U.S. Supreme Court
Ayres v. Polsdorfer, 187 U.S. 585 (1903)
Ayres v. Polsdorfer
Argued November 13, 1902
Decided January 5, 1903
187 U.S. 585
When the jurisdiction of the Circuit Court of the United States is invoked solely on the ground of diversity of citizenship, two classes of cases can arise, one in which the questions expressed in section 5 of the Judiciary Act of 1891 appear in the course of the proceedings and one in which other federal questions appear. Cases of the first class may be brought to this Court directly or may be taken to the circuit court of appeals, but if they are taken to the latter court, they cannot then be brought here. Cases of the second class must be taken to the circuit court of appeals, and its judgment will be final. Loeb v. Columbia Township Trustees, 179 U. S. 47, followed, and Northern Pacific Railway Co. v. Amato, 144 U. S. 471, distinguished.
Ejectment and trespass brought in the circuit court of the United States, Western Division of the Western District of Tennessee, for the recovery of lands and damages. Part of the land is an island in the Mississippi River. The declaration was in the usual form, and the ground of jurisdiction in the circuit court was diversity of citizenship, expressed as follows:
"The plaintiffs, who are citizens of the State of Indiana, residing at Evansville therein, complain of the defendants, Joe
C. Marley, Thomas Price, E. J. Roy, T. A. Roy, L.R. Coleman and E. M. Ayers, who are citizens of the State of Tennessee, residing in the Western Division of the Western District thereof, in an action of trespass and ejectment."
The declaration alleged ownership in fee of the plaintiffs (defendants in error here) and their possession, and alleged the entry of the defendants as follows:
"And, the plaintiffs being so entitled to the said property, and so in possession thereof, the said defendants, to-wit, on the said October 1st, 1898 at the said County of Lauderdale, unlawfully and without right entered into and upon the said premises, and falsely and unjustly set up title thereto, as in them respectively, and cut timber therefrom and removed the same and exercised acts of ownership thereof under such false and unjust claim of title, and denied and refused to recognize the claim of these plaintiffs to the title, or their possession thereunder, and wholly refused to admit and repudiated the same, as they still do."
Judgment for the recovery of the land was prayed, and $3,000 damages.
Price pleaded not guilty. The plaintiff in error also pleaded not guilty, and "that plaintiff's action accrued more than seven years before suit brought." Against the other defendants, no judgment was sought.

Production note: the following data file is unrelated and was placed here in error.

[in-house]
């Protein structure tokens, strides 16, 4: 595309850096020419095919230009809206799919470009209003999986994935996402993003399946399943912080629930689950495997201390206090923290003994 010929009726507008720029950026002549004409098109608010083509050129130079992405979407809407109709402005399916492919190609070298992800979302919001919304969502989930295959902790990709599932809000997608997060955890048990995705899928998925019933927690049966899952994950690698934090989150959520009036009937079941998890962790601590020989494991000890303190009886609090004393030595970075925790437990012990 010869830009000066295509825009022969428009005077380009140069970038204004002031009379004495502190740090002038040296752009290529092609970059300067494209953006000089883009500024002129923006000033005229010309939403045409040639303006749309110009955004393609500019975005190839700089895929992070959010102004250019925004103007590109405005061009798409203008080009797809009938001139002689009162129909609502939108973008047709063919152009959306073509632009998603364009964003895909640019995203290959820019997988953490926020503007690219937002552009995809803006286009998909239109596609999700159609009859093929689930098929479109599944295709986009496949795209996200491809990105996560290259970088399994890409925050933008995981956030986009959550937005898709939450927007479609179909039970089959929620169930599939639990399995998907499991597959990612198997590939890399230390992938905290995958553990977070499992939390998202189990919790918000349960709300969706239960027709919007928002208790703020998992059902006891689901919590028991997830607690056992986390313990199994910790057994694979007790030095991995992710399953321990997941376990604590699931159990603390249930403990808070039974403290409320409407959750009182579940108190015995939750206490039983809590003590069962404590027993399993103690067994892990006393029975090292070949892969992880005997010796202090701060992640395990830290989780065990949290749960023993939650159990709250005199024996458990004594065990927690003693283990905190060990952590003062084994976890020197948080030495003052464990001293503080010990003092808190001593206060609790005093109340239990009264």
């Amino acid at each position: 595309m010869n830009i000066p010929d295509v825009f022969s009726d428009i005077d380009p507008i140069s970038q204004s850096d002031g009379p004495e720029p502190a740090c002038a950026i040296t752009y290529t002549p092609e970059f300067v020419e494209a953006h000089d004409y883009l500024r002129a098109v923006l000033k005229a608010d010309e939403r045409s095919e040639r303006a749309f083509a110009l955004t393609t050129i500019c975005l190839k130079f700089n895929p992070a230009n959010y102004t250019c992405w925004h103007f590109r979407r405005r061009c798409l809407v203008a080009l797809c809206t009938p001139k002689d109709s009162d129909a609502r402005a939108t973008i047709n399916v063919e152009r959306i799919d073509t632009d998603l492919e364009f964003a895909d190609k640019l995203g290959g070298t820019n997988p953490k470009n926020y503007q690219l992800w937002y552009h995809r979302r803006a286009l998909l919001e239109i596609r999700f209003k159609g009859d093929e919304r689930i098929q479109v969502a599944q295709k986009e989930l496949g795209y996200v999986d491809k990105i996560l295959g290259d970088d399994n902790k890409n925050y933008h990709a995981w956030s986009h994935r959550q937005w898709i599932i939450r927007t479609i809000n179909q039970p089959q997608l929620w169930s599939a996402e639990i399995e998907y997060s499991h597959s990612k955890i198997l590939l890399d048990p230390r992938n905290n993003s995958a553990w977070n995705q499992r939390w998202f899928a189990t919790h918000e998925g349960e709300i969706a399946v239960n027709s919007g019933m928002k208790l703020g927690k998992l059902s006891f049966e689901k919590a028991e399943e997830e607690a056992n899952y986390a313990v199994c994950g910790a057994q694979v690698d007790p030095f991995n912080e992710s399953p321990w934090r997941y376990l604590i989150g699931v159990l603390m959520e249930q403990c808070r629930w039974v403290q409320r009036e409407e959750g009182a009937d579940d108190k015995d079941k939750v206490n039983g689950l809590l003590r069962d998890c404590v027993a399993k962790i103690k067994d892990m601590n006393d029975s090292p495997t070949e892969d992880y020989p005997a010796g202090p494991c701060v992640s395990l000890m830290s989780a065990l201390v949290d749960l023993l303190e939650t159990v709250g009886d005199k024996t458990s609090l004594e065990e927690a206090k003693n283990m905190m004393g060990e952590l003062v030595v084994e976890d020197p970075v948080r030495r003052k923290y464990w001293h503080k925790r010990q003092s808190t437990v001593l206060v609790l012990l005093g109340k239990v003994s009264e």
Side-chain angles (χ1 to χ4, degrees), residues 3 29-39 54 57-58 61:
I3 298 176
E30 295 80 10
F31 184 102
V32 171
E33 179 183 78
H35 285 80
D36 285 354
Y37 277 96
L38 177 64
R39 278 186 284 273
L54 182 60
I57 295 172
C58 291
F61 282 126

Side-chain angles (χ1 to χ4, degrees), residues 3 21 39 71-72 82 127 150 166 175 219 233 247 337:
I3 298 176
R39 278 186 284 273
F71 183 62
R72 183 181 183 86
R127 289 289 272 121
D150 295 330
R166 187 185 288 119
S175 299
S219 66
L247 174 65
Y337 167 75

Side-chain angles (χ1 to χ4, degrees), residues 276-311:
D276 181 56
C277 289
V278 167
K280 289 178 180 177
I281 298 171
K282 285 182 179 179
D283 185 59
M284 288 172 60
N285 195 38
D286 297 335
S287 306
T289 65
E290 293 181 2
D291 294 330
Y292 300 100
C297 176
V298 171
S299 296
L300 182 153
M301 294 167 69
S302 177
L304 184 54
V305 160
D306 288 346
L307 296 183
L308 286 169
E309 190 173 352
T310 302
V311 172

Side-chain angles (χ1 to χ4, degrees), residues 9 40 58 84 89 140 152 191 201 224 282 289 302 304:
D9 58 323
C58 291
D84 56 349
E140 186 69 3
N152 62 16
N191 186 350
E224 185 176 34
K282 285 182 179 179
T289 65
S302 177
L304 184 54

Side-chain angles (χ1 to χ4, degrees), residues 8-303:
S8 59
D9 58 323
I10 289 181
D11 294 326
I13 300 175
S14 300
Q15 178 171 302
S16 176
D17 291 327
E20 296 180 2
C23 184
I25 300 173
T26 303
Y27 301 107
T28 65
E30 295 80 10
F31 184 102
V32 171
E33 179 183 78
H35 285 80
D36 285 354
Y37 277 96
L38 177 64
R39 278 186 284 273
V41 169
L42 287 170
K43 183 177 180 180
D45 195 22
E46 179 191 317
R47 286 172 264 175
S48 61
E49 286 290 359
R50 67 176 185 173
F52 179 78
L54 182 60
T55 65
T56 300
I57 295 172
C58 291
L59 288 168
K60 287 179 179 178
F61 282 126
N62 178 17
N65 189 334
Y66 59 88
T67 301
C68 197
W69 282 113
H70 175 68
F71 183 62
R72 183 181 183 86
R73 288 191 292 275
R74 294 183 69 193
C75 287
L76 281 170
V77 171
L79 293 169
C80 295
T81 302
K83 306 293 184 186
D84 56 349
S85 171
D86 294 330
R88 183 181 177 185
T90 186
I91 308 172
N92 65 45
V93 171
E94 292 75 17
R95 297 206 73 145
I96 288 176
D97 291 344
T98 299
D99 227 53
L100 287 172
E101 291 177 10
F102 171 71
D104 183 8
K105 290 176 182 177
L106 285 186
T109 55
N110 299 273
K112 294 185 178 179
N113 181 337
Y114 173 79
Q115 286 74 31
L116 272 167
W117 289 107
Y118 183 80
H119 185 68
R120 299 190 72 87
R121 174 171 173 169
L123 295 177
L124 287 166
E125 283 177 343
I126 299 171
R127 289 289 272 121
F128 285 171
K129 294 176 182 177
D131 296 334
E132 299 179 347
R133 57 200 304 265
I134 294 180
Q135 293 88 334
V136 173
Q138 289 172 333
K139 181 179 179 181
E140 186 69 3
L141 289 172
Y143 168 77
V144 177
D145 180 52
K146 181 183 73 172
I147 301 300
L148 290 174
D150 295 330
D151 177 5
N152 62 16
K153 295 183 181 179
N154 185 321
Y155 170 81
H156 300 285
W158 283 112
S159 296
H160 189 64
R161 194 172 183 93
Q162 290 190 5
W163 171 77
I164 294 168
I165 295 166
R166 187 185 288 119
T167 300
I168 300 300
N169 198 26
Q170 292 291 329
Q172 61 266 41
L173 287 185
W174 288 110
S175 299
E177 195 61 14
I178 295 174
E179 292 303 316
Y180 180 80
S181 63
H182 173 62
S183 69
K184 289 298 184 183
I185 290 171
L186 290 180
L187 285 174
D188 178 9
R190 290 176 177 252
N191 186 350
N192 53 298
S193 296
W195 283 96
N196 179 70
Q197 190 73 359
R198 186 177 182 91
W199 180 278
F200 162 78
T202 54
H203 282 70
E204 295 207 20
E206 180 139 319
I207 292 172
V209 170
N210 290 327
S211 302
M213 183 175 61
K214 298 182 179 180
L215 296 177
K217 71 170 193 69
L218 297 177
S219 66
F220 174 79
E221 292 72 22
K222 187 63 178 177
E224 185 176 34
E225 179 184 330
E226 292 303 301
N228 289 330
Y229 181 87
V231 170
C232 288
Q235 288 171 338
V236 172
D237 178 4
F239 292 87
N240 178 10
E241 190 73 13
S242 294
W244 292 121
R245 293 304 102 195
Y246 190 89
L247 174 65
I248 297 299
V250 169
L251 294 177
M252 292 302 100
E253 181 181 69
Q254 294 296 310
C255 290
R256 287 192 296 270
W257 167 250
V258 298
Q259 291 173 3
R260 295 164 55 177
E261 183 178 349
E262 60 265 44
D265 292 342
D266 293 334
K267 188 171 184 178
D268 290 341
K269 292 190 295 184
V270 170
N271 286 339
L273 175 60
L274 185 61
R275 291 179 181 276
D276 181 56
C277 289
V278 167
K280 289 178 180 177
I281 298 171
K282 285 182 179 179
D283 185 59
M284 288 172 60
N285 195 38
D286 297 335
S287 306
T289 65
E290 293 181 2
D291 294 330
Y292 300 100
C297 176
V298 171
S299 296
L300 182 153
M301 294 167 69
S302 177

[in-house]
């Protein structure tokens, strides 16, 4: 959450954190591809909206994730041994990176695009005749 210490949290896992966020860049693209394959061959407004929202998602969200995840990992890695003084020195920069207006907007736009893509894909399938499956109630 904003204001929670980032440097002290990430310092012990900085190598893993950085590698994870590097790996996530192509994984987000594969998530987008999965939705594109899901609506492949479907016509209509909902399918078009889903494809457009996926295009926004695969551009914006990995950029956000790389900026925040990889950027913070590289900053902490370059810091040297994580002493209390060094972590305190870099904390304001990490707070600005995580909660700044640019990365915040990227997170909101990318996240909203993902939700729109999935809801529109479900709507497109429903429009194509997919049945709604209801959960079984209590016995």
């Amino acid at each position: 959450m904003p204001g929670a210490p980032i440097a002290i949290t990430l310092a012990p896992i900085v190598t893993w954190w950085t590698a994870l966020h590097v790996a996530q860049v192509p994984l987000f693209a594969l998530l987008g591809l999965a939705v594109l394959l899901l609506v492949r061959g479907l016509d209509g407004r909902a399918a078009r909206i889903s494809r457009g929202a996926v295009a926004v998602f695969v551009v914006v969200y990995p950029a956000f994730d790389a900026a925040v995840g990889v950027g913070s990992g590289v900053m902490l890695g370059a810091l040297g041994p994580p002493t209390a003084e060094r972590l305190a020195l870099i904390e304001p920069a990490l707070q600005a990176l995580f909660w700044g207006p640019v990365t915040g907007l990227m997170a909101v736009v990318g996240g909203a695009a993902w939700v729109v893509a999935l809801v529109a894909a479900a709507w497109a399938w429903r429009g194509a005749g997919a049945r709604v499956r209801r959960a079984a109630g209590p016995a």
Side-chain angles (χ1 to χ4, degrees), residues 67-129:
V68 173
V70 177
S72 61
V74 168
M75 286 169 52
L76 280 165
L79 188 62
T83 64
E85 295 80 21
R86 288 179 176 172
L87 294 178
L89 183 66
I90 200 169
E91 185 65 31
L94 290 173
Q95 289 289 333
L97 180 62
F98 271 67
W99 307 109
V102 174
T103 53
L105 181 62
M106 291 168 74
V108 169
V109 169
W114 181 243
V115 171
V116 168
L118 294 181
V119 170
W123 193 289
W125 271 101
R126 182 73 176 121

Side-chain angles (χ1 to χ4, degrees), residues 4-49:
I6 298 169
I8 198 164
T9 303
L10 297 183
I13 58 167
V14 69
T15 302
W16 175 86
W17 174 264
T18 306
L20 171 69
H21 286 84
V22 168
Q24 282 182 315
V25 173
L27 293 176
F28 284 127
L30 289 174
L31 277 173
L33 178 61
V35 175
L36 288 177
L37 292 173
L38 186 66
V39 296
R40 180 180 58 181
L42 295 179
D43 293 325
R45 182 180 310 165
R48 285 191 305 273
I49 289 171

Upon the issues thus joined, the jury found for the plaintiffs (defendants in error) as follows:
"That they find that the plaintiffs are the owners in fee and entitled to and in possession of the following lands, situated in Lauderdale County, Tennessee, to-wit: . . ."
They also further found --
"That the plaintiffs are the owners in fee, and entitled to all the accretions and alluvion formed by the Mississippi River in front of the said three (3) tracts of land above described, the same being and constituting all the land added by accretion and alluvion to the riverfront, as such front of the said three tracts of land existed on the Mississippi River when the said tracts of land respectively were granted, and extending from and including all the accretions and alluvion in front thereof,
from the line on the river of the tract first mentioned above, furthest upstream."
"* * * *"
"As to the other land herein sued for not embraced in the above descriptions, the jury finds the plaintiffs are not entitled to the same."
Judgment was entered in accordance with the verdict. To this judgment plaintiff in error sued out a writ of error from the Circuit Court of Appeals of the Sixth Circuit, which was dismissed upon the motion of defendant in error on the ground that there had been no summons and severance of the defendant Thomas Price. 105 F.7d 7. A petition for rehearing was filed, but denied. This writ of error was then sued out.
The assignments of error are as follows:
"1. The court erred in dismissing the writ of error of petitioner upon the ground that the judgment was against two jointly, and that they did not join in the appeal."
"2. The court erred in dismissing the petition for rehearing made by this petitioner."
"In support of this assignment, he submits herewith counsel's brief No. 2."
"3. The court erred in refusing to entertain jurisdiction of this cause and not reversing it upon the merits. And in support of this, he refers to the assignment of error, Record, pp. 266, 273, and submits herewith his counsel's brief thereon No. 3."
"The ground of this application is that the record in this cause shows that petitioner claimed under muniments of title from the State of Arkansas and Polsdorfer and wife, and also Price claimed under muniments of title from the State of Tennessee. In other words, petitioner claims that he has a right to the writ of error under the Constitution of the United States, Article III, Section 2. "